Preventing the hacking of data is a logistical problem rather than a legal one, argue Magnus Boyd and Natalie Sherborn.
The last month has seen reports of data breaches at Vodafone, Marks & Spencer and TalkTalk.
The information obtained by the TalkTalk hackers was a jigsaw of sensitive and personal data, including the names of account holders, addresses, dates of birth, telephone numbers and email addresses, as well as some bank account details. This valuable data could expose the victims to fraud and identity theft, and TalkTalk to claims of up to £20m, to say nothing of the damage to the company’s reputation. It raises the question of whether the legal architecture built to deal with data theft is adequate.
The principal legal deterrents to hacking are the offences created under the Computer Misuse Act 1990. It is an offence for a person to access computer material without authorisation, regardless of whether there is an intention to use the information obtained. The aggravated offence requires the accessing of material with intent to commit or facilitate the commission of further offences, such as stealing from the bank accounts of hacked victims or selling their personal data.
Both offences are punishable by imprisonment and a fine, determined largely by the scale of the hack and the sensitivity of the information stolen. If prosecuted for the aggravated offence, a hacker could potentially be liable for the intended further offence, covering a host of other criminal acts including fraud, forgery, counterfeiting, theft and criminal damage. These offences can attract separate substantial sentences of imprisonment.
It is worth noting that the Theft Act 1968 has no application to the theft of personal data in hacking cases – the definition of ‘property’ does not extend to information. It is perhaps unsurprising when one considers that the act came into force when Steve Jobs and Bill Gates were both aged 13.
A potential weakness of the Computer Misuse Act arises when dealing with insider hacking. In those circumstances, the onus is on the employer to have clearly defined limits on the employee’s authority to access a program or data; otherwise the act offers little protection against hacking by an employee. If the TalkTalk hackers had been employees with permission to access the personal data, but unlawfully copied that data, it is arguable whether an offence would have been committed if no ‘unauthorised access’ had taken place.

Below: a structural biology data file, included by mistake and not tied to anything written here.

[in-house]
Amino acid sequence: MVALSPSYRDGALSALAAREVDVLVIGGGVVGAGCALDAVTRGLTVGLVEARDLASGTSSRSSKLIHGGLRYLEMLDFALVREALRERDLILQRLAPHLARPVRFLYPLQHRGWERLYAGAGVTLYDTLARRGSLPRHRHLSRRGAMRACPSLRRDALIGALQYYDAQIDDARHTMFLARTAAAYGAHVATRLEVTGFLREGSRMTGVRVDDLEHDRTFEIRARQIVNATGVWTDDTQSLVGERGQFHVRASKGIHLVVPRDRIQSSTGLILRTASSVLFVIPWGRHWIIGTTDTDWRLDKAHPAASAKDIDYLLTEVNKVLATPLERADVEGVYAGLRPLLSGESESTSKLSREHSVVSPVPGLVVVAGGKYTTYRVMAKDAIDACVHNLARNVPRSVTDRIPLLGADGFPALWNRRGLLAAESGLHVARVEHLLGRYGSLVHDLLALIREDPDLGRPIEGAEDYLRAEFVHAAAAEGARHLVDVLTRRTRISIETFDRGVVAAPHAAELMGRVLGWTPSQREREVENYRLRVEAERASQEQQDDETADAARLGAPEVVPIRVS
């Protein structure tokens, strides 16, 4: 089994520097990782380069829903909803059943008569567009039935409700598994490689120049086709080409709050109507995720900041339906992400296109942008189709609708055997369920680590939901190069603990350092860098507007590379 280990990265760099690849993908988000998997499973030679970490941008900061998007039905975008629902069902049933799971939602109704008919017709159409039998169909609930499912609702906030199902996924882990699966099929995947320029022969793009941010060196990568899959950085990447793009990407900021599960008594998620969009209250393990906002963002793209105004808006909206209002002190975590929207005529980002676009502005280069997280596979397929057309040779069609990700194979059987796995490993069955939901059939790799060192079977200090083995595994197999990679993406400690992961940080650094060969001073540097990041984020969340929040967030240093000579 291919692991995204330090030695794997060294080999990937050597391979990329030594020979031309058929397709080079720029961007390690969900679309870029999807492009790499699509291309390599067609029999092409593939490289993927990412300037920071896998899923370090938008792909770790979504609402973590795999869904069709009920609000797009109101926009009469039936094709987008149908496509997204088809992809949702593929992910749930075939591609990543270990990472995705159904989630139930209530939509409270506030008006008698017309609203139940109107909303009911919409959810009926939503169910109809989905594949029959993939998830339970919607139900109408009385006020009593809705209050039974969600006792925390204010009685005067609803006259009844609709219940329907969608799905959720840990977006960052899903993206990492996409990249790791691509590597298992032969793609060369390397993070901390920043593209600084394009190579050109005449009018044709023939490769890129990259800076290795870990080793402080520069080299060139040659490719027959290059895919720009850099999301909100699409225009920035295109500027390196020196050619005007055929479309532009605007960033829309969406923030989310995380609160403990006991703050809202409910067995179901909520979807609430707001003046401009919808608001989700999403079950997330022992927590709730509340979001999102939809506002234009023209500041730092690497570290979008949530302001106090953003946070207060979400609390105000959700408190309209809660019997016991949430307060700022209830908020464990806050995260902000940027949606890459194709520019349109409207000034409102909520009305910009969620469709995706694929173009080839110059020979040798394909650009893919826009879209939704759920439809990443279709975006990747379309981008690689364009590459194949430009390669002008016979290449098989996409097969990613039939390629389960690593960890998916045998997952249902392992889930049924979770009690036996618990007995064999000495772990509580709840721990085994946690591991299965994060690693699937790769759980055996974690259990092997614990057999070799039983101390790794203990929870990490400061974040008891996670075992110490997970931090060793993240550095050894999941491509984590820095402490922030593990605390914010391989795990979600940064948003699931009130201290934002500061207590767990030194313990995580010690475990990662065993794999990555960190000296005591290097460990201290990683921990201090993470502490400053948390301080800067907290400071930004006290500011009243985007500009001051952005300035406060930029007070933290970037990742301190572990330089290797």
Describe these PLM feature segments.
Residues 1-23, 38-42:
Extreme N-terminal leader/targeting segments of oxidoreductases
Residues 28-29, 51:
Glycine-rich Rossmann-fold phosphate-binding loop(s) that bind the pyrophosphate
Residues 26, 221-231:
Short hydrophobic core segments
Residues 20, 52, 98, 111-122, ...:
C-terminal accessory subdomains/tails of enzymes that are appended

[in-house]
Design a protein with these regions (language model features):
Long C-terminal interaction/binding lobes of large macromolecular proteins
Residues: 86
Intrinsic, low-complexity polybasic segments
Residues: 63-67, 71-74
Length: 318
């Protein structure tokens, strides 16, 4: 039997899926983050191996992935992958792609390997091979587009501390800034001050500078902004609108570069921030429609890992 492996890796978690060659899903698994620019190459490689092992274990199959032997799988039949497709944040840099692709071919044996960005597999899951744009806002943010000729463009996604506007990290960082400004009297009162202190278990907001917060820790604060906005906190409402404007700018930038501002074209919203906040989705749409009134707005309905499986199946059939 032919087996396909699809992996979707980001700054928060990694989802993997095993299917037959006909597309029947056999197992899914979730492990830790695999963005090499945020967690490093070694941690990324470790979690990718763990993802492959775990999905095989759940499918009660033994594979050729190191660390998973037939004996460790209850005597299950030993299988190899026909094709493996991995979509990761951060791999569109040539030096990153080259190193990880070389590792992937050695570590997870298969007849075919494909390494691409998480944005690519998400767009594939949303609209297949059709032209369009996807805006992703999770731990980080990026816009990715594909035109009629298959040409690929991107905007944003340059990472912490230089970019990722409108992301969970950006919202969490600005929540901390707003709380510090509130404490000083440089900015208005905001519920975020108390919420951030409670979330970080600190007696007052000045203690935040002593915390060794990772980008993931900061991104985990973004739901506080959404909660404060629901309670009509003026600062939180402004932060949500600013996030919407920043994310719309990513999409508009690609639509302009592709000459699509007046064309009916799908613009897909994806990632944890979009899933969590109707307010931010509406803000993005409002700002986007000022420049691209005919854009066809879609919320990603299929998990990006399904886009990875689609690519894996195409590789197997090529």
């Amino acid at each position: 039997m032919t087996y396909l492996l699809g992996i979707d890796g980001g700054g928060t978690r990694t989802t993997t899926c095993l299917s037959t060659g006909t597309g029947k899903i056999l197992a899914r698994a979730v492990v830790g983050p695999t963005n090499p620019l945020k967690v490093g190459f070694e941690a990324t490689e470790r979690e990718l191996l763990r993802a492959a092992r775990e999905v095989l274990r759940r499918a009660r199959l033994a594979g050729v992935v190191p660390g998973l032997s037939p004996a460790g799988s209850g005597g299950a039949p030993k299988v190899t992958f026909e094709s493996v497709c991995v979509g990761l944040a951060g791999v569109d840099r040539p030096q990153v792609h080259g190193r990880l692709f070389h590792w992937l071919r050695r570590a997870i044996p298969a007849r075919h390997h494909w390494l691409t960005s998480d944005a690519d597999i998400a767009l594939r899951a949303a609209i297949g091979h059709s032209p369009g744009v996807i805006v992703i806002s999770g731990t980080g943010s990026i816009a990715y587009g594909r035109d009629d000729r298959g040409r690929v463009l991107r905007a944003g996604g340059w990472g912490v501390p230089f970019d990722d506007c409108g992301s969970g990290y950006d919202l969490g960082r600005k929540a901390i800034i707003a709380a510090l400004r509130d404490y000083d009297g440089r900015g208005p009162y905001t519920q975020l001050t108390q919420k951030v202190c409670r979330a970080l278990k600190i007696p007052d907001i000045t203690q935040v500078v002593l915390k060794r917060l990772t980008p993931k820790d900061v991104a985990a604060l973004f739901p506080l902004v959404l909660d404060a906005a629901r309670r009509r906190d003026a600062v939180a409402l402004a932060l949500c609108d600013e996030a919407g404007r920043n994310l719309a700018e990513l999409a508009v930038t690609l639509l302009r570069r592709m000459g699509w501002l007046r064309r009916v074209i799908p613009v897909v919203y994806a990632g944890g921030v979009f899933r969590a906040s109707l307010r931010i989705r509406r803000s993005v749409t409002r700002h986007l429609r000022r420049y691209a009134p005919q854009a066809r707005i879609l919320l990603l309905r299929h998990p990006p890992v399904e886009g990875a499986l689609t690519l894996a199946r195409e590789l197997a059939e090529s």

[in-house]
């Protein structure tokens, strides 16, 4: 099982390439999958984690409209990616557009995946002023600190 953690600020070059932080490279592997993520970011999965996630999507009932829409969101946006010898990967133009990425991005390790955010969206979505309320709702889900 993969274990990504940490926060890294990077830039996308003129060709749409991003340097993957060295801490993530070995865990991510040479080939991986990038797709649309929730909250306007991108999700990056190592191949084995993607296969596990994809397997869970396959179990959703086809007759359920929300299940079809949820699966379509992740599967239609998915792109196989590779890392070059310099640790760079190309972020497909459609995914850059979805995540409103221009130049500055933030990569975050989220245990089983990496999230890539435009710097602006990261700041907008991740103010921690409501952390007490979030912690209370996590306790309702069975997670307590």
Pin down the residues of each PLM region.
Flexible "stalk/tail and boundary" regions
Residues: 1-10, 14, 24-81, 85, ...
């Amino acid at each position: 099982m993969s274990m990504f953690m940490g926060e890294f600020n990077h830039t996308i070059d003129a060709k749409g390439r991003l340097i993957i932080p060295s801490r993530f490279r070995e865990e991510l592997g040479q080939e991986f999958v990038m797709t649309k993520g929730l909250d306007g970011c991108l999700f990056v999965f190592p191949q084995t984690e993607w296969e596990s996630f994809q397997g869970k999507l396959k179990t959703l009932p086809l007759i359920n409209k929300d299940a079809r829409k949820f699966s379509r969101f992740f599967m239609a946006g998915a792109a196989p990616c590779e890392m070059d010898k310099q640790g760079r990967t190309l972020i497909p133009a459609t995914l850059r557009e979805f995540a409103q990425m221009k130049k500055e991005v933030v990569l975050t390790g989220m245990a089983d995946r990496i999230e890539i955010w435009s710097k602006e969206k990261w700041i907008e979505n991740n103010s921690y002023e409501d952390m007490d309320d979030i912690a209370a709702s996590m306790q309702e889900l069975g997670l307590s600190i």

Section 55 of the Data Protection Act 1998 provides an alternative offence of unlawfully obtaining the personal data of a data subject, where a person knowingly or recklessly obtains, discloses, sells or offers for sale, personal data. The information obtained in the course of the TalkTalk hack was clearly personal data, but with the offence carrying a maximum sentence of a fine under the DPA, as a standalone offence it is unlikely to deter would-be hackers.
Where hackers steal databases, as alleged in the TalkTalk hack, this could breach the Copyright, Designs and Patents Act 1998 by infringing the copyright of the creator of the database, which is, for the purposes of the act, a literary work. TalkTalk could sue the hackers for damages and an account of profits. If, as reported, the hackers have been offering the database for sale on the ‘dark web’ they may also be criminally liable pursuant to section 107, having made for sale an article that infringes the copyright of another. This carries a maximum sentence of three months’ imprisonment and a fine.
The commentary surrounding the TalkTalk hack suggests there is a void in the law when it comes to dealing with cybercrime. In fact, the law has evolved to offer victims of hacking legal redress and there is the legal architecture in place to prosecute offenders. With hackers able to obscure their identities behind proxy servers, virtual private networks and encrypted data, it is the logistical architecture to catch them that poses the bigger problem.
Metropolitan Police Commissioner Sir Bernard Hogan-Howe recently announced the creation of a task force of 300 police officers specifically to deal with cybercrime. This number will increase to 500 officers within a year. By his own admission, the police are ‘merely skimming the surface’ of cybercrime; it is a logistical problem, not a legal one.
Magnus Boyd is a partner and Natalie Sherborn is a senior associate at Schillings